Joseph has in this instance the uncanny ability to zoom out.  He does not focus just on some part of his story.  He zooms out to see the whole.  From this angle he can take in the view: that God was at work in his life, even as his brothers sold him into slavery.

But there is more to Joseph’s imagination.  He also was able zoom in.  He focused on the details of the story to point out exactly why God was at work in his life.  This is not just blind faith.  This is a thorough examination of God’s precise plan.  God sent Joseph before his brothers to preserve a remnant of survivors.  God sent Joseph to Egypt with the precise intention of preserving food to fill the stomachs of Joseph’s family. 

Joseph’s faith impresses us.  But it may disturb us too.  Sure, God did execute a secret plan via the schemes of Joseph’s brothers.  But that does not change the facts.  They still hatefully schemed to hurt their own brother.  They still caused him to be separated from his family for nearly twenty years.  Who wouldn’t trade all the wealth and even sustenance for time with their family?  What value could one put on peace between brothers?  How can Joseph’s brush stroke of providence wipe away the tears?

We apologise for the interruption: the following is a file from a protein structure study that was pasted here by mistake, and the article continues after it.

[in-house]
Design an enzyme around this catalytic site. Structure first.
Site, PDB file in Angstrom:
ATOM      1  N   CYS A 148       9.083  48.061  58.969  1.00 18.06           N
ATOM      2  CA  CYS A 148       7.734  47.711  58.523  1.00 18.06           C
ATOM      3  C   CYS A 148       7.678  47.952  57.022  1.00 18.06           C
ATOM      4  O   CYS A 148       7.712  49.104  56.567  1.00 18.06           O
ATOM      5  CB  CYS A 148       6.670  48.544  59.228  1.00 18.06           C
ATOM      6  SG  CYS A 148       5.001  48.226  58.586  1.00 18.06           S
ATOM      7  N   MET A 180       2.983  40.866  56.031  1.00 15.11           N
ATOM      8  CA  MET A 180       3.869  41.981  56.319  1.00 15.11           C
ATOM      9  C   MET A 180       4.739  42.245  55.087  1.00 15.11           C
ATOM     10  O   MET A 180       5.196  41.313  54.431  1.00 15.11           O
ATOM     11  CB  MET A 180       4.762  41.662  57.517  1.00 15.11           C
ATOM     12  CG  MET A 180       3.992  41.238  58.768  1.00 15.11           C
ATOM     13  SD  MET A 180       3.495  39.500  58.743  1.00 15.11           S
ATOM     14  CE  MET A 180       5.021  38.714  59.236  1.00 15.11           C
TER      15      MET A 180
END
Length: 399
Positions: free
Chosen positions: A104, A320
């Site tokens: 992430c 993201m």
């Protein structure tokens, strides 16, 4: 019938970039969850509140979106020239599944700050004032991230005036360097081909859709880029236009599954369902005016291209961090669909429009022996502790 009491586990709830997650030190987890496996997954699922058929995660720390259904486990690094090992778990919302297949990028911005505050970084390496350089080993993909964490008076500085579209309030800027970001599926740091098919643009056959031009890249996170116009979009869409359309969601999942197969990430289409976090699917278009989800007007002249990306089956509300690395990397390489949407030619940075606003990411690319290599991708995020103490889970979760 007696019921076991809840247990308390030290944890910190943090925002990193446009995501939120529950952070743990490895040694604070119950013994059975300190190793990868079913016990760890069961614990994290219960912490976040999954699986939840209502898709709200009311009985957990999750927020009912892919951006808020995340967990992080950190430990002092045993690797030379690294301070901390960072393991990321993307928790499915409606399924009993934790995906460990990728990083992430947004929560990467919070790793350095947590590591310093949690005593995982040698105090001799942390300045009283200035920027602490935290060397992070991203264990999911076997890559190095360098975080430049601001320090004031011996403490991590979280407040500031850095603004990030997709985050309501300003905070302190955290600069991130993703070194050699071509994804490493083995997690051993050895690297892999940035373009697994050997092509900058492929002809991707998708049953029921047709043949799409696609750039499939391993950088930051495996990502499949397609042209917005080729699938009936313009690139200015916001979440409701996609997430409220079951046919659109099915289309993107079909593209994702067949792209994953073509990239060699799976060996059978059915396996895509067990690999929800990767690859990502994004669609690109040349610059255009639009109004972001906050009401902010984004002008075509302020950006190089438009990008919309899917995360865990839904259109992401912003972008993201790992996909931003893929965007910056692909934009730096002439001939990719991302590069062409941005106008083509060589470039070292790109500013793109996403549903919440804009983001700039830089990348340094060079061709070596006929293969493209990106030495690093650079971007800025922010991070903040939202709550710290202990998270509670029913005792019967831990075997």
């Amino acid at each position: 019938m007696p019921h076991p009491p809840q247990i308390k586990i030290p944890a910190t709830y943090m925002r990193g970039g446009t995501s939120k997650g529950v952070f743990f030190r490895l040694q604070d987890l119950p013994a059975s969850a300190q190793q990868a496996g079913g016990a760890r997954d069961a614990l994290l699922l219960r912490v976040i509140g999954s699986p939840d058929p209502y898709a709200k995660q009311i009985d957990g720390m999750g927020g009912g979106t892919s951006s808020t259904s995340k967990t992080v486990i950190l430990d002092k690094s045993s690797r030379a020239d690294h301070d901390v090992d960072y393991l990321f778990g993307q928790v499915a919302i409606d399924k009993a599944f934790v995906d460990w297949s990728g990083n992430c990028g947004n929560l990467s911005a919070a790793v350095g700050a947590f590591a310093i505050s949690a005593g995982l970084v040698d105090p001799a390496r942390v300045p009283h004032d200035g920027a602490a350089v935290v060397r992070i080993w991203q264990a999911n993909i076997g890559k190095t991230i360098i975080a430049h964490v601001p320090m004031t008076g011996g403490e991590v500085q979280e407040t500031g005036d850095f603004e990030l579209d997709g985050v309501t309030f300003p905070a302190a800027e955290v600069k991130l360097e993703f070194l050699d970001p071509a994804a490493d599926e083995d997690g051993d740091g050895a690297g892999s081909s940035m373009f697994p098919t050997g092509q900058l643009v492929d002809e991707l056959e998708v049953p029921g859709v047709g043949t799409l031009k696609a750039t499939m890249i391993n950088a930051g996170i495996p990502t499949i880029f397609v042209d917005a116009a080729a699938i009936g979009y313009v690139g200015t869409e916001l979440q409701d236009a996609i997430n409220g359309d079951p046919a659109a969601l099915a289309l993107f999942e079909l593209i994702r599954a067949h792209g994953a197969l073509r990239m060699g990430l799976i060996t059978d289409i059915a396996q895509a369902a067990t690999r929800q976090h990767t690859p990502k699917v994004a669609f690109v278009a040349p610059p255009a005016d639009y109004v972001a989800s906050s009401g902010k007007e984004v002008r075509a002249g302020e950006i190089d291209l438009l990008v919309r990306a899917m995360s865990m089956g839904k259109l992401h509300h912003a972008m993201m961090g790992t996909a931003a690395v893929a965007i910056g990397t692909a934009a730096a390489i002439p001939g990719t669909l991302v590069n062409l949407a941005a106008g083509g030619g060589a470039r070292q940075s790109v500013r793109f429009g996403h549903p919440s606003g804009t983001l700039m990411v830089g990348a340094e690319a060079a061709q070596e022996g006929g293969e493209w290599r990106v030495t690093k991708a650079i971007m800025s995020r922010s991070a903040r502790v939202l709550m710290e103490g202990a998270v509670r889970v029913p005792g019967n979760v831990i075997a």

Maybe you have tried this brush stroke.  Maybe some one has told you to look on the bright side of life.  It doesn’t always work, does it?  It’s hard to see how the beatings you took from older sibling were really God’s good work.  It’s hard to imagine anything good coming out of your dad’s relocation to this crummy town.  It’s hard to picture being passed up for promotion as a good thing.  It’s hard to feel blessed by a terminal sickness.  Maybe you try anyway.  Maybe you see how those beatings gave you a drive to accomplish so much.  Maybe you are learning to not rely on your popularity.  Maybe a unique business opportunity opened that you would not have seen otherwise.  Maybe your illness imparted to you a deep compassion for others.  But it still hurts!  You’ve tried Joseph’s brushstroke of providence, but it just can’t wipe away the tears.